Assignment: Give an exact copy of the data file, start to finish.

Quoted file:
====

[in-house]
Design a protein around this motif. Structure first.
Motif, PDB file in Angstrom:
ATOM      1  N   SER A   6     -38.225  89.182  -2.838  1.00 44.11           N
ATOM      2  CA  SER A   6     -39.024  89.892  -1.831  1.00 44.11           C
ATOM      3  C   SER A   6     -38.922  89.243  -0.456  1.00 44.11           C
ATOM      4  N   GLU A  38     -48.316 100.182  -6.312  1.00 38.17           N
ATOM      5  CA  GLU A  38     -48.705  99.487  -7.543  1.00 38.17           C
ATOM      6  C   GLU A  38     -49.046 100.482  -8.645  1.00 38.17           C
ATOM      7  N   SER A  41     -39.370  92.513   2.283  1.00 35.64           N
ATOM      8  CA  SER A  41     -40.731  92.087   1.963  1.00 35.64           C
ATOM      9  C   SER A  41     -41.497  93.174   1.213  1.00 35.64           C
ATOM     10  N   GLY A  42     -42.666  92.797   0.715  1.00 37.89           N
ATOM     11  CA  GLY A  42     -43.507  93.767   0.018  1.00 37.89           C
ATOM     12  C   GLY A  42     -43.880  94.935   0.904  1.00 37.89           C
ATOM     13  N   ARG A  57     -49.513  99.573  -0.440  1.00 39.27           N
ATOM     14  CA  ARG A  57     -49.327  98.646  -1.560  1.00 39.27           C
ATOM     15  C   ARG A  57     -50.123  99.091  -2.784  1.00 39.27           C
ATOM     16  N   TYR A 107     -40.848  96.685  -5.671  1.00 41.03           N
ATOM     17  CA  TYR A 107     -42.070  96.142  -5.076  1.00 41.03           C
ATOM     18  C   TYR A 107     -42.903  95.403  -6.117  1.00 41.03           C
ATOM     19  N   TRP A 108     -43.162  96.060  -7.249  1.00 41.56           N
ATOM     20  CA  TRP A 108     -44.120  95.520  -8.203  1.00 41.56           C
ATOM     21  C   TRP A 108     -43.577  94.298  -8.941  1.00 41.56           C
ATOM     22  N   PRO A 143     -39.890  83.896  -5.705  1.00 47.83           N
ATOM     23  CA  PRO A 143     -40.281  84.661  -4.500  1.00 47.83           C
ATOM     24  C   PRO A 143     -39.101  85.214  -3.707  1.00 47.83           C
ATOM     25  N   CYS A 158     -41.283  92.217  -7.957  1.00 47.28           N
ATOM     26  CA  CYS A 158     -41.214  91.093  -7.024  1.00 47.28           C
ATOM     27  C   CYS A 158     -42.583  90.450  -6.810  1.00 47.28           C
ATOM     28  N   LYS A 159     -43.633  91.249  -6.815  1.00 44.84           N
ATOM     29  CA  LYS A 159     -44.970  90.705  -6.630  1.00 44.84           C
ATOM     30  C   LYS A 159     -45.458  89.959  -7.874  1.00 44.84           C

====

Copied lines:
[in-house]
Design a protein around this motif. Structure first.
Motif, PDB file in Angstrom:
ATOM      1  N   SER A   6     -38.225  89.182  -2.838  1.00 44.11           N
ATOM      2  CA  SER A   6     -39.024  89.892  -1.831  1.00 44.11           C
ATOM      3  C   SER A   6     -38.922  89.243  -0.456  1.00 44.11           C
ATOM      4  N   GLU A  38     -48.316 100.182  -6.312  1.00 38.17           N
ATOM      5  CA  GLU A  38     -48.705  99.487  -7.543  1.00 38.17           C
ATOM      6  C   GLU A  38     -49.046 100.482  -8.645  1.00 38.17           C
ATOM      7  N   SER A  41     -39.370  92.513   2.283  1.00 35.64           N
ATOM      8  CA  SER A  41     -40.731  92.087   1.963  1.00 35.64           C
ATOM      9  C   SER A  41     -41.497  93.174   1.213  1.00 35.64           C
ATOM     10  N   GLY A  42     -42.666  92.797   0.715  1.00 37.89           N
ATOM     11  CA  GLY A  42     -43.507  93.767   0.018  1.00 37.89           C
ATOM     12  C   GLY A  42     -43.880  94.935   0.904  1.00 37.89           C
ATOM     13  N   ARG A  57     -49.513  99.573  -0.440  1.00 39.27           N
ATOM     14  CA  ARG A  57     -49.327  98.646  -1.560  1.00 39.27           C
ATOM     15  C   ARG A  57     -50.123  99.091  -2.784  1.00 39.27           C
ATOM     16  N   TYR A 107     -40.848  96.685  -5.671  1.00 41.03           N
ATOM     17  CA  TYR A 107     -42.070  96.142  -5.076  1.00 41.03           C
ATOM     18  C   TYR A 107     -42.903  95.403  -6.117  1.00 41.03           C
ATOM     19  N   TRP A 108     -43.162  96.060  -7.249  1.00 41.56           N
ATOM     20  CA  TRP A 108     -44.120  95.520  -8.203  1.00 41.56           C
ATOM     21  C   TRP A 108     -43.577  94.298  -8.941  1.00 41.56           C
ATOM     22  N   PRO A 143     -39.890  83.896  -5.705  1.00 47.83           N
ATOM     23  CA  PRO A 143     -40.281  84.661  -4.500  1.00 47.83           C
ATOM     24  C   PRO A 143     -39.101  85.214  -3.707  1.00 47.83           C
ATOM     25  N   CYS A 158     -41.283  92.217  -7.957  1.00 47.28           N
ATOM     26  CA  CYS A 158     -41.214  91.093  -7.024  1.00 47.28           C
ATOM     27  C   CYS A 158     -42.583  90.450  -6.810  1.00 47.28           C
ATOM     28  N   LYS A 159     -43.633  91.249  -6.815  1.00 44.84           N
ATOM     29  CA  LYS A 159     -44.970  90.705  -6.630  1.00 44.84           C
ATOM     30  C   LYS A 159     -45.458  89.959  -7.874  1.00 44.84           C